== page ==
I spent this Easter with the kids, visiting parks and zoos going on Easter egg hunts, collecting eggs and having loads of fun.
As we ran between hedges trying to find eggs it got me thinking about the process of egg hunts and how comparable it was to the nightmare of trying to find answers on traditional, non-collaborative intranets.
Starting the hunt
When we started the hunts we were given a map of the area that outlined the egg zones we’d be hunting in – of course the actual egg locations weren’t on there, we’d have to find them ourselves.
As we hunted through vegetation there were plenty of misses and plenty of false egg sightings with high hopes raised and dashed but we kept going, confident that more chocolate was out there!
We made a lot of progress at first but as our eggs increased the time between findings became longer and longer. We asked the staff if there were any more, at times different people pointed out areas that could be the right ones only to find they’d been looted already or they’d just say ‘sorry I didn’t put them out’. We kept going hoping for more until eventually we decided we’d got enough, or had enough, and it was time to get eating.
Hunting for information
So how does that compare to how we find answers in business?
We start with the rough map, the companies Intranet. It brings us through divisions and departments in the hope that the information is stored hierarchically and we already know under what team we’d find it. Just like an egg hunt, eggs locations change for each hunt and so do teams and structures, making finding the right team a nightmare.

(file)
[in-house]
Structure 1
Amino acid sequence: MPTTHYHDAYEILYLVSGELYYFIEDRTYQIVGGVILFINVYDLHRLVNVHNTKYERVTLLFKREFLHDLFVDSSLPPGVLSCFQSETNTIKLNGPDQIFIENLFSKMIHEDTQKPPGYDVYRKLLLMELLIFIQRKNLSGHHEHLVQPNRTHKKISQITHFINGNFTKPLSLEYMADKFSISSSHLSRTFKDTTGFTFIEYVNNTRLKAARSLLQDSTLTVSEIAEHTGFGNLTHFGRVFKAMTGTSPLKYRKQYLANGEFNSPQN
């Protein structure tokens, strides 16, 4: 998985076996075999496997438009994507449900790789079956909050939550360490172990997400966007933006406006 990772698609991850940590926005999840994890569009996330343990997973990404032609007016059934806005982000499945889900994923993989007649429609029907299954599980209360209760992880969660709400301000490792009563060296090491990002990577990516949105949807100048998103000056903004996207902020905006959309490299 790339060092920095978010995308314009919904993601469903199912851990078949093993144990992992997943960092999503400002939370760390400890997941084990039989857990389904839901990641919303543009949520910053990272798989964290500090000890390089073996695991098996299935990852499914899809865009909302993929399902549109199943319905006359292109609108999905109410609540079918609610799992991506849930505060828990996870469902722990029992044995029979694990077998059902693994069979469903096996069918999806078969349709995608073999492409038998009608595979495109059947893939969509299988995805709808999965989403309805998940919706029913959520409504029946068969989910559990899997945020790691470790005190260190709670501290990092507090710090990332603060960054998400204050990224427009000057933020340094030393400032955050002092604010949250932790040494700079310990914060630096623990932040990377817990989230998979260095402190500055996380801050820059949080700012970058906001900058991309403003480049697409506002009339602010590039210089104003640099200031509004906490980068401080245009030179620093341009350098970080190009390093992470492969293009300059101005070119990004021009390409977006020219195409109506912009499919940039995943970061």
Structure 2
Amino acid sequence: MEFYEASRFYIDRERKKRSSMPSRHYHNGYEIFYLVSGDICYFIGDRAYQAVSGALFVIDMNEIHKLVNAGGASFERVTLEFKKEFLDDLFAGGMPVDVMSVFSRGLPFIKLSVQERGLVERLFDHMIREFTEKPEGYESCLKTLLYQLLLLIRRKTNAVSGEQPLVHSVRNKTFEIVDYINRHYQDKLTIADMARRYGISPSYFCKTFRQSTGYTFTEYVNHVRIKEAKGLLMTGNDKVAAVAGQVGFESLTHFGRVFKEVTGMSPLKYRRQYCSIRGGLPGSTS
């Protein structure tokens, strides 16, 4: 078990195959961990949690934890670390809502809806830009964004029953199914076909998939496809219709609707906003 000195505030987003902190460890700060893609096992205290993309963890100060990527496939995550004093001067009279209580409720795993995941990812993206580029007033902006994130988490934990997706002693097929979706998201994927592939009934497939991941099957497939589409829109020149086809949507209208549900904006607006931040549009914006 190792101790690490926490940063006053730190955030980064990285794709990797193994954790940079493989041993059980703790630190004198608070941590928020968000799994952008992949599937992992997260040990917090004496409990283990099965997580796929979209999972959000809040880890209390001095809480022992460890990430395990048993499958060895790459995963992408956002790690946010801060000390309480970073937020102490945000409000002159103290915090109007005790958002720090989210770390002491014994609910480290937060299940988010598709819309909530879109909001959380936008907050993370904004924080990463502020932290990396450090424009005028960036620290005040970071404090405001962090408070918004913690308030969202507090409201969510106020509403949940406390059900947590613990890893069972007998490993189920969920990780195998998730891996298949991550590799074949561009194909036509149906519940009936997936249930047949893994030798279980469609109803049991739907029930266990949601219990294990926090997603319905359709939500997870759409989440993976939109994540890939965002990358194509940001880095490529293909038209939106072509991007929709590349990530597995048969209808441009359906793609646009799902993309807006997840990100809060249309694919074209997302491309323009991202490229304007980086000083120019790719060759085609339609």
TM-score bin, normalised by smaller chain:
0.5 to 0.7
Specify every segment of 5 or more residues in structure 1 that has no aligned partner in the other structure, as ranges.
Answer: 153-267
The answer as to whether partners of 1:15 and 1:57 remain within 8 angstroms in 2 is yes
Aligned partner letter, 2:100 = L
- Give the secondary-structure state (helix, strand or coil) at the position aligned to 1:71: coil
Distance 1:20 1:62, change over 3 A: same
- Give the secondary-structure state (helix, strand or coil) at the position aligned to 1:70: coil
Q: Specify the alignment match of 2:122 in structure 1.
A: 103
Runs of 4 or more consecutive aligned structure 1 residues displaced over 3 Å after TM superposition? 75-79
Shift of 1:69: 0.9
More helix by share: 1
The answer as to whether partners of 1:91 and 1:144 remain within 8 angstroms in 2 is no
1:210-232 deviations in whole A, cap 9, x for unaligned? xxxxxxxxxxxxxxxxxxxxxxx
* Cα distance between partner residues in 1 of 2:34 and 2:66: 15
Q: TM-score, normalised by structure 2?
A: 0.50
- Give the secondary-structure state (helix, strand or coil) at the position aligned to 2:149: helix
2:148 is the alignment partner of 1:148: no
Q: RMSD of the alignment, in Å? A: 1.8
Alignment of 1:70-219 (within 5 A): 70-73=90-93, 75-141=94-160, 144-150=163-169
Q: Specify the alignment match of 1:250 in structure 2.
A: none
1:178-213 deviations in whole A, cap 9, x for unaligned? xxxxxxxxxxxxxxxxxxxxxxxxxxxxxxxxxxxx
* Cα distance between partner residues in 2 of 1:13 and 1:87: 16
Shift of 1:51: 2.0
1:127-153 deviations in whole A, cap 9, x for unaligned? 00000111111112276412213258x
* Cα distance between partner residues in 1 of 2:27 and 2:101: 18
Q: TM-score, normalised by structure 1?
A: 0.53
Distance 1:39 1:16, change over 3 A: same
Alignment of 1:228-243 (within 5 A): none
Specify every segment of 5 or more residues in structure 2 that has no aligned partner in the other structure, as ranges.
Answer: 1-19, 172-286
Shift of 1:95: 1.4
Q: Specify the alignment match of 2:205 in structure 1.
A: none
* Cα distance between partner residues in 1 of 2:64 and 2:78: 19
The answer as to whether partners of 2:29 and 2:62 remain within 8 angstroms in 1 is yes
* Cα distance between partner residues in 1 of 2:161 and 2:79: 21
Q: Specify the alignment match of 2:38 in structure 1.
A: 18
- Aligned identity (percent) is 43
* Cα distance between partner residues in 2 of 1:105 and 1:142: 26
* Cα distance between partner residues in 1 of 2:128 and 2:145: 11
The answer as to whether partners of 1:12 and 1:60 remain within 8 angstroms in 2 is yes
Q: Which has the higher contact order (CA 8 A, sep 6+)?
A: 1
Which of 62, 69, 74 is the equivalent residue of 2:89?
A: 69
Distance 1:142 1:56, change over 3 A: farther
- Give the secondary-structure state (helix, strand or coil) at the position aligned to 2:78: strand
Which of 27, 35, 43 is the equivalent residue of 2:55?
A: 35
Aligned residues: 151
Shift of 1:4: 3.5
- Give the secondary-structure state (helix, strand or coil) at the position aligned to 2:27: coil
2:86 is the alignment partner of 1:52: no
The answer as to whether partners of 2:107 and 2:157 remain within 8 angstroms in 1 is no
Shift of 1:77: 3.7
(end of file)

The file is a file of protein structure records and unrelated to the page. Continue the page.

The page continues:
We look around the teams we think might be right only to find the answers aren’t there, so we try somewhere else with a trial and error approach and that doesn’t work out either.
We try asking other egg hunters, checking search for more the right answer. Loads of suggestions come back, we look into those and there’s similar things but not the egg were looking for.
So we approach the egg hunt staff, usually a mailbox for a team we don’t know. We wait a few days to hear back only to be told that they don’t know where the egg is but they know the egg layer.
We contact the egg layer who says they actually just planned the egg hunt laying. The actual layer is somewhere else and to ask the egg laying team if they know more.
We ask the egg laying team and finally find the layer and we find our egg – hooray! We scoff that egg straight away and don’t tell anyone else that that’s where the eggs are.
An answer found and a success for business? Yes, except for the amount of time and resources it’s taken to resolve it.
That’s why we collaborate
We collaborate to avoid these problems by making what we do less hierarchical, more open and discoverable.
Instead of organizing information into hierarchies, it’s organised into interests that we actually look for – Egg Hunt groups, not Zoo owners > Marketing teams > Activity teams > Egg Hunt setters > Egg hunt layers.
Instead of the information being buried, it’s made open so others can discover it through search and self service the answer, saving everyone time.
And when the answer can’t be found, it’s open to others with similar interests to support it. They can point us in the right direction and to the people that know the answer.
That all saves time, energy and effort and is a cornerstone to why collaboration is so important. It cuts out the hunting and gets us to the outcome, fast. That makes us more agile, more responsive and ultimately more secure as businesses of the future.